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New to rifles

Discussion in 'Rifle Country' started by Jadecristal, Mar 9, 2005.

  1. Jadecristal

    Jadecristal New Member

    Mar 22, 2004
    Hello all. After joining the ranks of firearms owners with a handgun last year, I've decided that I'd like to look into getting a rifle, and after some reading on the benefits/near ubiquitous nature of AR-15 style parts, I'm more or less decided on a Bushmaster M4-style (http://www.bushmaster.com/shopping/weapons/bcwa3f14m4iz.asp). Besides, they look cool.

    While I'll likely be following a suggestion to hold off on buying optics right away, I like the Trijicon TA01NSN.

    Comments/suggestions on my thoughts, availability/price of 5.56mm (that doesn't suck), or anything else you might wish to add? Comments on M193 vs M855 are especially welcome, with a view to self-defense as a general excuse and shooting helpless paper targets as a more practical use. :D

    For those who have suggested AR15.com in general, I find the site to be somewhat overwhelming to start with. I wish there was a nice, simple introduction site.
  2. natedog

    natedog Senior Member

    Dec 24, 2002
    Bakersfield, California
    Bushmaster is a good choice. I prefer a Superlight barrel; but there really isn't that big of a difference. Mostly, just shoot it, shoot it, shoot it. You might also consider a .22LR upper reciever for cheap practice, since it is your first rifle. As far as optics go, I prefer an Aimpoint, Eotech, or plain iron sights for a carbine. If you're dead set on magnified optics, a TA31 ACOG is probably a better choice for an optic, as it has the BAC feature that allows fast, binocular short range shooting.
  3. Feanaro

    Feanaro Senior Member

    Mar 29, 2003
    Leeds, AL.
    Question; any particular reason you want the M4gery? The 16" barrel will have more flash, more noise, and less velocity. It is shorter and handier of course, a plus if you want to use it for HD. I rather fancy the Dissipator myself. I should think it would stay cooler than the M4gery during rapid fire... which is what ARs are for, right? :D

    5.56mm is probably the cheapest commercial rifle ammo other than .22lr. Everyone makes it. Natchezss.com has Federal American Eagle for around $3.50 a box. Only surplus(corrosive) 8mm and 7.62x54R top that consistently.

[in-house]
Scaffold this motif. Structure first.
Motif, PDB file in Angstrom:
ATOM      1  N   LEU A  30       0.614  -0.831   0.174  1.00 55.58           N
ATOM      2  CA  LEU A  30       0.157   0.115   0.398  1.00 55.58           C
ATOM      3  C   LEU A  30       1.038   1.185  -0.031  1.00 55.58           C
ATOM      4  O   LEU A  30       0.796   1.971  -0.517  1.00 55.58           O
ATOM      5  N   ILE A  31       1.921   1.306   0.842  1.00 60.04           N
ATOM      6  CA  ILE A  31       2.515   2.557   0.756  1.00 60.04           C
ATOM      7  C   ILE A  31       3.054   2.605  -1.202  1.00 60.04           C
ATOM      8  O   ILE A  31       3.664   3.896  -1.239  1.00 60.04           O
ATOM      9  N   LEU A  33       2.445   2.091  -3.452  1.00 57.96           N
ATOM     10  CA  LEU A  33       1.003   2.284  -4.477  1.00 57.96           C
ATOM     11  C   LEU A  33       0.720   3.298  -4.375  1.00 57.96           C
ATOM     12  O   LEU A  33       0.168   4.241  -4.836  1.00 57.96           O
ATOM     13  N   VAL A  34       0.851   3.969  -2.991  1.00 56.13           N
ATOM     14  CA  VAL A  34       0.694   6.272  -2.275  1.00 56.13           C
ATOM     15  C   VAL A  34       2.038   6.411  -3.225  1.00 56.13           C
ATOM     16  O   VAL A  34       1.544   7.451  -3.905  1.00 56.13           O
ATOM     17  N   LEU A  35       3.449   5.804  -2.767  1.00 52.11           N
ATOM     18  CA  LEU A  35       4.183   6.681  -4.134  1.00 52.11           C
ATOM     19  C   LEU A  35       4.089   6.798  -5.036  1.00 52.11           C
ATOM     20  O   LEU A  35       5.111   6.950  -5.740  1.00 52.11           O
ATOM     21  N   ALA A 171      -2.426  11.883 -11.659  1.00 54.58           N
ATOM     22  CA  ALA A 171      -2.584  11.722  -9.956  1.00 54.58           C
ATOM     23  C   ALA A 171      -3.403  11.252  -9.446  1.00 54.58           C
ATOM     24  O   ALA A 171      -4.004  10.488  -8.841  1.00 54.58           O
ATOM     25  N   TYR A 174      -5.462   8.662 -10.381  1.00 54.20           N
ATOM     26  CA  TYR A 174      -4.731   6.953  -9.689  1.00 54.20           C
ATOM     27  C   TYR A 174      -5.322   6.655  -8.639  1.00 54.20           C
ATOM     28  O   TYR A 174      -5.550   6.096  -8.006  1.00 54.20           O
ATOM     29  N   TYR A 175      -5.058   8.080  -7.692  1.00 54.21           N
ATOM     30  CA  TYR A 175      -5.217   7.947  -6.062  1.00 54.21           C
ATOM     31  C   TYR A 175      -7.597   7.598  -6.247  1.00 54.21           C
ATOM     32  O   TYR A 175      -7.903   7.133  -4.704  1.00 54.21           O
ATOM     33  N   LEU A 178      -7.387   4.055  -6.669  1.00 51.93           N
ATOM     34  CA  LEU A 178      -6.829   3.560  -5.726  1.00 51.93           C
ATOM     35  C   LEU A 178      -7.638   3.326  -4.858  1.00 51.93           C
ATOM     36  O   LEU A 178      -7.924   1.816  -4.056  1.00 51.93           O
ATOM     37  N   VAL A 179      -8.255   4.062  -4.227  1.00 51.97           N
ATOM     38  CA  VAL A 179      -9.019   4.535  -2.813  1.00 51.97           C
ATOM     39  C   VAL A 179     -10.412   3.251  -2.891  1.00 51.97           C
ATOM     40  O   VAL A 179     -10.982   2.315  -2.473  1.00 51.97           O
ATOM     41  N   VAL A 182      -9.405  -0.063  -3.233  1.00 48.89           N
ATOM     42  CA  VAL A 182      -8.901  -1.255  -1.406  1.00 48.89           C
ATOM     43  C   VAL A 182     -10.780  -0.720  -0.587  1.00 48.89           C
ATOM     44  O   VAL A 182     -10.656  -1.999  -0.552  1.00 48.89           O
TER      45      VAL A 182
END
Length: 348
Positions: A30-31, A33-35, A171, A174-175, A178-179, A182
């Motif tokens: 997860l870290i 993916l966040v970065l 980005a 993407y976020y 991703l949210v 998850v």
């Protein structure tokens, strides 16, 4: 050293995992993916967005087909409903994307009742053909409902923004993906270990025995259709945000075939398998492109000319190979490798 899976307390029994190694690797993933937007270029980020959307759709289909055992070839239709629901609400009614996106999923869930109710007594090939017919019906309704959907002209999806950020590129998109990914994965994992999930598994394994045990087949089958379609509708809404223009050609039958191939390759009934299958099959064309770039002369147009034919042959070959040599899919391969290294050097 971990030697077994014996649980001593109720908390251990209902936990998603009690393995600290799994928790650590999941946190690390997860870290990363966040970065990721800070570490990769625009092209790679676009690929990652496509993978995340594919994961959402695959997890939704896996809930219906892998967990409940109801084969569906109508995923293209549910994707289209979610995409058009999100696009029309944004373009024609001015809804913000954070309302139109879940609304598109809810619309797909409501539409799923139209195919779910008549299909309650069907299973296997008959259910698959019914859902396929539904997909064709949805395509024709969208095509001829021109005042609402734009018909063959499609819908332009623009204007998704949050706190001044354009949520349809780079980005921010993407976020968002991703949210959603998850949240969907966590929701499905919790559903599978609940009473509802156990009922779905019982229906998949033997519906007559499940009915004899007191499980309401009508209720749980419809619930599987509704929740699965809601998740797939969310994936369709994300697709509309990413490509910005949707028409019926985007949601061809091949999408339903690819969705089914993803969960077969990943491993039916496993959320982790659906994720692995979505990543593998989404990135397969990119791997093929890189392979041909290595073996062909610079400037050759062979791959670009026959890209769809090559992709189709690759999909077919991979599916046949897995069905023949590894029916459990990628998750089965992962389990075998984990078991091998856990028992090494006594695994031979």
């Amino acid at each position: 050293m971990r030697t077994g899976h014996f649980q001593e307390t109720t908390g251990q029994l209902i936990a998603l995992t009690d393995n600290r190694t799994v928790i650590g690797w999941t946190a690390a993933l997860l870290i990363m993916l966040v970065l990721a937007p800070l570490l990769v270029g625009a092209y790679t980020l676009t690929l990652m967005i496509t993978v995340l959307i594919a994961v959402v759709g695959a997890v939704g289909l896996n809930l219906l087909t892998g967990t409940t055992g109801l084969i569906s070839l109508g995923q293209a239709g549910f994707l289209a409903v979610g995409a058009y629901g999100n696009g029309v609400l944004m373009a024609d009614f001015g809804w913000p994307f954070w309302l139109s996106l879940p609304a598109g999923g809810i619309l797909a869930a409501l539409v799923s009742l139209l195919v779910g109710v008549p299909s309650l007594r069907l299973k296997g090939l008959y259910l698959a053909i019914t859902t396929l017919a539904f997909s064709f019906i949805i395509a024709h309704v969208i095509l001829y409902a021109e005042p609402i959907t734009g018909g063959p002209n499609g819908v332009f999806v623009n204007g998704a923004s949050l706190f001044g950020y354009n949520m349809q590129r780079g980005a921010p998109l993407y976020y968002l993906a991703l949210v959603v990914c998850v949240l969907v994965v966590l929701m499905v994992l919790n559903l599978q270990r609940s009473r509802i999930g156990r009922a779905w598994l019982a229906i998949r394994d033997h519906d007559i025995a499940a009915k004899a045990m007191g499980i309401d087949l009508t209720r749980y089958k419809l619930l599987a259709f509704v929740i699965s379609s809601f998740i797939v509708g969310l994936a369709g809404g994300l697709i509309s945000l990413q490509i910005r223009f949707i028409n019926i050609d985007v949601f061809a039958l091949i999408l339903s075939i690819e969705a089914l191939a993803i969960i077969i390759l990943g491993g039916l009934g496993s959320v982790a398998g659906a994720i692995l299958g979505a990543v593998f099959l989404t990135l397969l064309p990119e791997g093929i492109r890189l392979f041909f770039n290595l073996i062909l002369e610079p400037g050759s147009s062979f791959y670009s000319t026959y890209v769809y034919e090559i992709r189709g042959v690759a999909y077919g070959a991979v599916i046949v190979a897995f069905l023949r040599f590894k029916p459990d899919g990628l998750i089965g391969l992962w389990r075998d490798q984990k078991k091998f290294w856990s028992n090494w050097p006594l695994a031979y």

A matter of debate, heated sometimes. Ammo-oracle.com has a bit on this. Suffice to say that 5.56mm is deadly chiefly because it yaws and then fragments. And it seems M193 yaws faster. Draw your own conclusions.

    I don't shoot ARs often but I would say it's six of one, half a dozen of the other. About the same accuracy, assuming an appropriate twist rate.
  4. jobu07
    • Contributing Member

    jobu07 Participating Member

    Feb 17, 2004
    Pike County, PA
    I'll second the getting possibly a 22LR upper for your new purchase (or future purchase as it might be). If you haven't bought it yet, you might look into buying a cheapy .22lr rifle out of the used rack of your local FFL just for fun plinking and practicing that elusive sight alignment. 10/22's are good for turning those pesky little cartridges into noise. :)
  5. Art Eatman

    Art Eatman Administrator Staff Member

    Dec 22, 2002
    Terlingua, TX; Thomasville,GA
    I concur with jobu07. Nowhere is it written that learning is free, but a regular .22 rifle of some sort makes the process much less expensive. I'm given to suggesting a bolt-action, just to allow better focus on the coordination of sights and trigger finger. Less temptation to pull, pull, pull.

    Insofar as home defense or self defense with an AR, most any old ammo will work. Some works better, of course, but the difference just isn't all that big a deal.

    Of ARs, I've owned a Colt garden variety; one of the first Colt heavier-barrel versions; a Colt shorty, and a Bushmaster Match Target. They all worked. IMO, were I to get another AR, I'd want the Colt second-series or equivalent. I happen to prefer longer barrels, generally.

    Just my 2¢,


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